6. The people you're referring to don't sound like 'born and bred farmers', Dave.

    Here, I could probably go out and find myself work within a day or so of trying. At one stage, I had 3 extra part-time jobs, for the exact same reasons you are stating. It's the same for many locals.

    Many rural areas are full of rich incomers, commuters, downshifters, retirees, second-home owners, holidaymakers etc, none of them want minimum wage from small, local employers.

    These people have helped price local families out of the housing market, but are now stuck. Nobody can afford to buy their extortionate (second) homes and many can no longer afford to take the losses and return to their native towns.

    It's not the actual house prices that are the trouble - let's face it, they are tumbling all around us by as much as 50% here - it's the high percentage of income that's needed in order to travel to and from minimum wage jobs, couploed with the lack of choice and higher prices of things like food, fuel, utilities and service. Affordable housing thrown up everywhere wouldn't work because we don't have the economic structure to support all the families. Small rural economies DEPEND on farming and local businesses.

    My belief is that it's all in the attitude you adopt. There are two types of 'incomers' I cannot stand:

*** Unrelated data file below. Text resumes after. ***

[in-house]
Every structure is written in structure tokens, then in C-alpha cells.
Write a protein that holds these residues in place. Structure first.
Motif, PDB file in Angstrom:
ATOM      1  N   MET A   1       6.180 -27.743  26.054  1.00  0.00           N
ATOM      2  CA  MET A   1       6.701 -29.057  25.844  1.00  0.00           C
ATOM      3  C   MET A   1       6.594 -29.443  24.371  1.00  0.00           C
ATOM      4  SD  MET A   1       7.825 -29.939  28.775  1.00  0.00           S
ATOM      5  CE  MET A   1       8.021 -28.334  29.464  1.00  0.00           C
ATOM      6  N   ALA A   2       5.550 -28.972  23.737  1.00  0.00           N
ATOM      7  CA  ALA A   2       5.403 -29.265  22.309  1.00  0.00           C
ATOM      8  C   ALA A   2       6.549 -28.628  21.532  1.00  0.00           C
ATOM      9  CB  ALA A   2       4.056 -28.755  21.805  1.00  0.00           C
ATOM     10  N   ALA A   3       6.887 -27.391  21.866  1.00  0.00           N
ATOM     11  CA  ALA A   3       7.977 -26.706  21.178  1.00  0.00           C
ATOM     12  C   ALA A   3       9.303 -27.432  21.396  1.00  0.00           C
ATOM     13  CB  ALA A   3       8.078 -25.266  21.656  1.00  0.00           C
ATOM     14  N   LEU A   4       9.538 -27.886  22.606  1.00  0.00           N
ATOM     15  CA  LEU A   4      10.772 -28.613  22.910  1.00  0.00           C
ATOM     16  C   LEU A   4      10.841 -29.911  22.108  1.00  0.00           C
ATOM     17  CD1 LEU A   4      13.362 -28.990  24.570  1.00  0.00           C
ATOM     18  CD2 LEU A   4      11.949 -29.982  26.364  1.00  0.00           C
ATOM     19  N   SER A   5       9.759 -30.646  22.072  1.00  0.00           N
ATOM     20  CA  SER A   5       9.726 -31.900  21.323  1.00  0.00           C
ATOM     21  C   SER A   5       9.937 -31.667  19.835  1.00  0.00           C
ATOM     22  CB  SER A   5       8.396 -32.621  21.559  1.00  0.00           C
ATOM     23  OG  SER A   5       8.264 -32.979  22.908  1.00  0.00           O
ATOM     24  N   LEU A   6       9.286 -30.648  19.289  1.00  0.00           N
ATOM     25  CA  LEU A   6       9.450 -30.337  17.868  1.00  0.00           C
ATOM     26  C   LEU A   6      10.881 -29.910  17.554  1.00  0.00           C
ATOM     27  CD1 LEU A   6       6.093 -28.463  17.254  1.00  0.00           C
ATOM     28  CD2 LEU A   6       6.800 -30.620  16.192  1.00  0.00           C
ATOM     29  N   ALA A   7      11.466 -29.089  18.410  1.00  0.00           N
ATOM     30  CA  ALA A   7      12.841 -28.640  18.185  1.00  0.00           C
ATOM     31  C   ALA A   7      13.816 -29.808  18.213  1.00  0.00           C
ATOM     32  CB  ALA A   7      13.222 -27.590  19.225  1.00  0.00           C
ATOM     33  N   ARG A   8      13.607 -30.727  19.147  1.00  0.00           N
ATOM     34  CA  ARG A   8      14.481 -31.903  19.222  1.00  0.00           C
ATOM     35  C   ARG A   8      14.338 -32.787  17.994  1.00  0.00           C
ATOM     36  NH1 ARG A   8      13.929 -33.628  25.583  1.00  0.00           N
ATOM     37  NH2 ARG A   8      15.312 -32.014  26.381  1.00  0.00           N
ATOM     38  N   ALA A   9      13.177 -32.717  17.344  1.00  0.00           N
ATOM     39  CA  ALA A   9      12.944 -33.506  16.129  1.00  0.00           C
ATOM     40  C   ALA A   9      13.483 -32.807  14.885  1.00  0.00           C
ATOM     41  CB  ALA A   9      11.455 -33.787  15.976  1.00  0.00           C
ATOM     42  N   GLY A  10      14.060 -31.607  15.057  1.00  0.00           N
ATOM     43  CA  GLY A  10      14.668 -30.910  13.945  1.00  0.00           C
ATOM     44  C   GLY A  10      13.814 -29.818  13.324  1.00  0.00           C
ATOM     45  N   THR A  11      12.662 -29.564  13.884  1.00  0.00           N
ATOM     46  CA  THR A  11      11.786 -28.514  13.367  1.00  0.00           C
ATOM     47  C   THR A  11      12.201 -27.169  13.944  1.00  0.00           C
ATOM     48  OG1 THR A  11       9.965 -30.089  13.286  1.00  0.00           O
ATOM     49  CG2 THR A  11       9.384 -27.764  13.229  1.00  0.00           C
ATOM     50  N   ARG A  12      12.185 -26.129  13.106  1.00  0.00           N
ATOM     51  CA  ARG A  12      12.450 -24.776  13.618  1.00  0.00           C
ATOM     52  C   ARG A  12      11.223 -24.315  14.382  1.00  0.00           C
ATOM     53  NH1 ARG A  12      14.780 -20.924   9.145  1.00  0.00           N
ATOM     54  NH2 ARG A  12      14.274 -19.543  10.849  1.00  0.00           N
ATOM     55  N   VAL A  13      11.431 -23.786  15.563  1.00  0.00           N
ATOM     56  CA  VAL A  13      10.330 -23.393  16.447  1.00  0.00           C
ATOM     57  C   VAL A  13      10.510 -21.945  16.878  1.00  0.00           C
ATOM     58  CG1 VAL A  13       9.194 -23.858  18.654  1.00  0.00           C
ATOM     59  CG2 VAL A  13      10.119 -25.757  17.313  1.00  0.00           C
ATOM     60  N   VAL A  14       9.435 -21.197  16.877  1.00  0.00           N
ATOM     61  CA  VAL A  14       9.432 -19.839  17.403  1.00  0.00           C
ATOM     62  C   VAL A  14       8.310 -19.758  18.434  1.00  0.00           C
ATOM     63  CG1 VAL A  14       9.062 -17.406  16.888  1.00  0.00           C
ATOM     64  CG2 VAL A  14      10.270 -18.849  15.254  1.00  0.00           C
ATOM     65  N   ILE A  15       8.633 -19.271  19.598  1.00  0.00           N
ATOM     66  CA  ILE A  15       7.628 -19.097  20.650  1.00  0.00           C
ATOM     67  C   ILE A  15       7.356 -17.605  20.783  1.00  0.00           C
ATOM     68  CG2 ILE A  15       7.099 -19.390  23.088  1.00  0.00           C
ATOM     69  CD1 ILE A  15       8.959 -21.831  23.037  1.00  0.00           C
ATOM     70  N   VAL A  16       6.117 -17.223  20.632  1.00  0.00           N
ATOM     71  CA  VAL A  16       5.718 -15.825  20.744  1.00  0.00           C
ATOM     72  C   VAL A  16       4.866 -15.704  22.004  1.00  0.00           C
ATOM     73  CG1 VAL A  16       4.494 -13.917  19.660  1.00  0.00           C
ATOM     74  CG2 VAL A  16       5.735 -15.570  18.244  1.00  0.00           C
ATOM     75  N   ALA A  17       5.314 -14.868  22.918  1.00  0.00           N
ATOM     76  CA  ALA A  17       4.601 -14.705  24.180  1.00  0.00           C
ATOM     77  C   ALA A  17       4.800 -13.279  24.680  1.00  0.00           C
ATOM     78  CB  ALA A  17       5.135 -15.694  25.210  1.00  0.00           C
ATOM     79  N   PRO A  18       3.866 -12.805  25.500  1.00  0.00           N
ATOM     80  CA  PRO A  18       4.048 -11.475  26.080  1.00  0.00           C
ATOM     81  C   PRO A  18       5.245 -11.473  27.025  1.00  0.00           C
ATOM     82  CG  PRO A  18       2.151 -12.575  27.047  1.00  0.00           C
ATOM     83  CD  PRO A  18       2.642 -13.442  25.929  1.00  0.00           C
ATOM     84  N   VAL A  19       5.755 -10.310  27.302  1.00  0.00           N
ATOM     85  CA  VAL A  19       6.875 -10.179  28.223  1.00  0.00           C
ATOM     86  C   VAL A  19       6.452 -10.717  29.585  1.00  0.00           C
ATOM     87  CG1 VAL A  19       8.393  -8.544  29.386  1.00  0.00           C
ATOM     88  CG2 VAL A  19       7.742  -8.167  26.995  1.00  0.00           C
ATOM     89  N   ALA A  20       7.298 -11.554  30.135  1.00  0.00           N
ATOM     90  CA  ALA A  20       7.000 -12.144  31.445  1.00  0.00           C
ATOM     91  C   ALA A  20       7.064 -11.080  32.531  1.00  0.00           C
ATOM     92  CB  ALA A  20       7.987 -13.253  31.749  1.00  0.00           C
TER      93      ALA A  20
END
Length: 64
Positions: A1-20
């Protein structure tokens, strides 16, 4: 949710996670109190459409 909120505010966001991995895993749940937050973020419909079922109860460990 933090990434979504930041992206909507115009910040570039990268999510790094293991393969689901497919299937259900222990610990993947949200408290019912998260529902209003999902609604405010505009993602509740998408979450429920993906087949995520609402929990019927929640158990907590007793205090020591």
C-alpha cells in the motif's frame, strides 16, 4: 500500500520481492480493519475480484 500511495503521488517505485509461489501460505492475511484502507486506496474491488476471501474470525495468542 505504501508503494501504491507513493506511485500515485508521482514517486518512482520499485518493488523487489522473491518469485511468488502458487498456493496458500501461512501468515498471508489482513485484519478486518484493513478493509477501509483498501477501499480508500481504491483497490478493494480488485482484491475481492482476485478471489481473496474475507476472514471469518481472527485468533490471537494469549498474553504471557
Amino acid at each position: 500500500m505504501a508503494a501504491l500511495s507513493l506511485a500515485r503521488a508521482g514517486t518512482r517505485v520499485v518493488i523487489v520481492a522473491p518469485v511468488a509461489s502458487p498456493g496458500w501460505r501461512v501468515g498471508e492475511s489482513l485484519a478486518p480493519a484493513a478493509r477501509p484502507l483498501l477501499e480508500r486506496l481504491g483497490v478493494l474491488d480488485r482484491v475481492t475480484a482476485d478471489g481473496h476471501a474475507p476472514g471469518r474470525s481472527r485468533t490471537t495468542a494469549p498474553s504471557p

1) Those who move to the country (or small rural town), gripe about lack of facilities, form their own 'social' activity groups then try to take over.

    2) The downshifters and dreamers who think they'd like to try self-sufficiency after reading a couple of books, then in some whimsical notion that includes words and phrases like 'organic', 'freerange' and 'the good life', they wittlessly inflict pain and suffering on their animals because they simply haven't got a clue.

    Agreed, I can think of many born and bred farmers who need a jolly good boot up the backside to remind them who and what they represent, but at least they are governed by legislation.

    The times are changing, attitudes are changing, suburbia is spreading at an alarming rate - if you dislike the solitude, consider sharing your space with like-minded others. Options aplenty if you have a the will and own your own land. If you aren't close friends with the neighbourhood, why bother whose feathers you ruffle?

    My long-winded point is:

    When in Rome, do as the Romans do.

    If you don't like what the Romans do, get out of Rome.

  7. Wow! You throw up a myriad of questions and issues and answers to rural life. You're certainly not looking at the countryside through rose tinted spectacles are you?

    I some times feel like the lad in the film Shadowlands, who looks in the wardrobe and can't find Narnia, just old fur coats. Everywhere I look around my grandparents farm I see them and the horse and cart and hay stacks... Perhaps I'm just a sentimental old fool?

    I find country people around me indifferent. They will wave and let me buy cattle or hay off them. But they won't call or take us for a drink. There's nothing wrong with them. Perhaps they just don't like outsiders with different views? I have no time for religious differences or even racial one's. If people are OK with me,I am OK with them. I suppose you can take a person out of a town. But you can't take the town out of the person!